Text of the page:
GEIR O. PEDERSEN (Norway) said creating a nuclear-weapon-free world was the overall objective. In April, Parliament had unanimously adopted a motion, calling on the Government to promote the implementation of the Non-Proliferation Treaty. The Conference on the Humanitarian Impact of Nuclear Weapons, held in Oslo in 2013, had launched a practical and fact-based approach, he said, stressing that a legally binding framework would eventually be required. While the issue had been discussed in the Open-ended Working Group, there were still divergent views with regard to the content, format and scope of legal measures. “Full elimination could only be achieved through the active engagement of those States that possess nuclear weapons,” he emphasized. As non-proliferation was an integral part of efforts to achieve global zero, Norway considered the IAEA Comprehensive Safeguards Agreement as the current verification standard. In that regard, all supplier countries had a responsibility to uphold strict conditions of supply and ensure that the transfers were solely for peaceful use. Among other things, he expressed concern about the indiscriminate effect of certain conventional weapons and underscored the need to uphold the fundamental norms set by the Convention on Cluster Munitions and the Mine Ban Convention.
Right of Reply
The representative of Romania, speaking in exercise of the right of reply, referred to the representative of the Russian Federation’s written statement. The anti-ballistic missile system situated in Romania was purely defensive in nature, was in accordance with international law and was not directed at Russia, she said.
The representative of Iran, speaking in exercise of the right of reply, said the representative of Israel regime had made baseless accusations regarding Iran’s missile programme. Iran was fully entitled to develop its conventional defence capabilities, including its ballistic missile programme as part of its ongoing effort to strengthen those capabilities. Iran would not start a war, but would seek to defend itself. If under attack, Iran should be able to retaliate. Recalling that an Israeli official had threatened to use nuclear bombs against Iran, he said the Israeli regime was the only one in the Middle East in unlawful position of such arms and the only obstacle to establishing a regional nuclear-weapon-free zone.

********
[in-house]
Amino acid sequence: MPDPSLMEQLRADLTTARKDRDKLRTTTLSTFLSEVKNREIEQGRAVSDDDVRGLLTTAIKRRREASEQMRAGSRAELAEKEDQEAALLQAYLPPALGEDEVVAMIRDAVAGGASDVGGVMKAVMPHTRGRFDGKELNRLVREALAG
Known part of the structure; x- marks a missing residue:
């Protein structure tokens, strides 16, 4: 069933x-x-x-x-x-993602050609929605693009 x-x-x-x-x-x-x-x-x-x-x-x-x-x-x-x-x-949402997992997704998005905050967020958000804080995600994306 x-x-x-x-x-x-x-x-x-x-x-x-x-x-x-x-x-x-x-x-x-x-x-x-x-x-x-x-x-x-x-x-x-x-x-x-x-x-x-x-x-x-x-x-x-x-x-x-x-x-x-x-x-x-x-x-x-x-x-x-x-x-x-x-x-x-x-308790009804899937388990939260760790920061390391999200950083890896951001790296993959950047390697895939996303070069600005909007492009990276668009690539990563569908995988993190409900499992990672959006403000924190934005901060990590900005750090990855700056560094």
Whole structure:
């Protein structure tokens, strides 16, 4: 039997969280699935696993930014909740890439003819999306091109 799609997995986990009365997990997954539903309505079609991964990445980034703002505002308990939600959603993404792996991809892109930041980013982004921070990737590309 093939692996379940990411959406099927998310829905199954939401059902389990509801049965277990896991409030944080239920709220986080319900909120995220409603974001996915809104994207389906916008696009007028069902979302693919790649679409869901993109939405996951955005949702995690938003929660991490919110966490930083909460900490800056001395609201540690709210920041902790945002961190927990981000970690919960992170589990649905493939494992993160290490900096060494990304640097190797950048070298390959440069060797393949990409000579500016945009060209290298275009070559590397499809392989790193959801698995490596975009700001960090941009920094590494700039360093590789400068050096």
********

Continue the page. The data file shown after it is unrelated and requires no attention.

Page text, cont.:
The representative of Syria, speaking in exercise of the right of reply, responded to statements made by some delegations regarding the Joint Investigative Mechanism’s latest report. That report was not final and Syria had several observations, including the fact that it had provided no material evidence regarding the use of chemical weapons. The report had also based itself on eyewitnesses that had been provided by armed groups or belonging to communities that had hosted such groups. Syria had sent several messages to the Security Council, the Joint Investigative Mission, the Secretary-General and the Security Council Committee established pursuant to resolution 1540 (2004) about the many times in which chemical weapons had been used by terrorist armed groups against civilians and the Syrian armed forces. Nobody, however, wanted to investigate those incidents. He asked that the representative of France read the book Les Chemins de Damas, which stated that a former French Minister for Foreign Affairs was behind the use of chemical weapons in the Ghouta area in August 2013. Some delegations who had mentioned Syria today had been involved in providing terrorist armed groups with chemical weapons and expertise.
Expressing surprise at the Israeli representative’s erroneous accusations and hypocrisy, he said everyone knew that the Israeli regime had introduced terrorism in the region, represented by weapons of mass destruction. The Israeli regime was providing support, weapons and intelligence to different terrorist organizations and groups in Syria, including Islamic State in Iraq and the Levant (ISIL/Da’esh) and the Jabhat al-Nusrah li-Ahl al-Sham, and was violating all relevant Security Council resolutions on fighting terrorism. Turning to the Non-Proliferation Treaty, he said that countries including Germany and Australia were violating that instrument with the presence of nuclear weapons which they themselves did not possess.
The representative of Libya, in exercise of the right of reply, responded to remarks about the transfer of chemical weapons to Turkey. He stressed that chemical weapons in Libya had been put under international protection, with their destruction controlled by a Libyan agency and OPCW.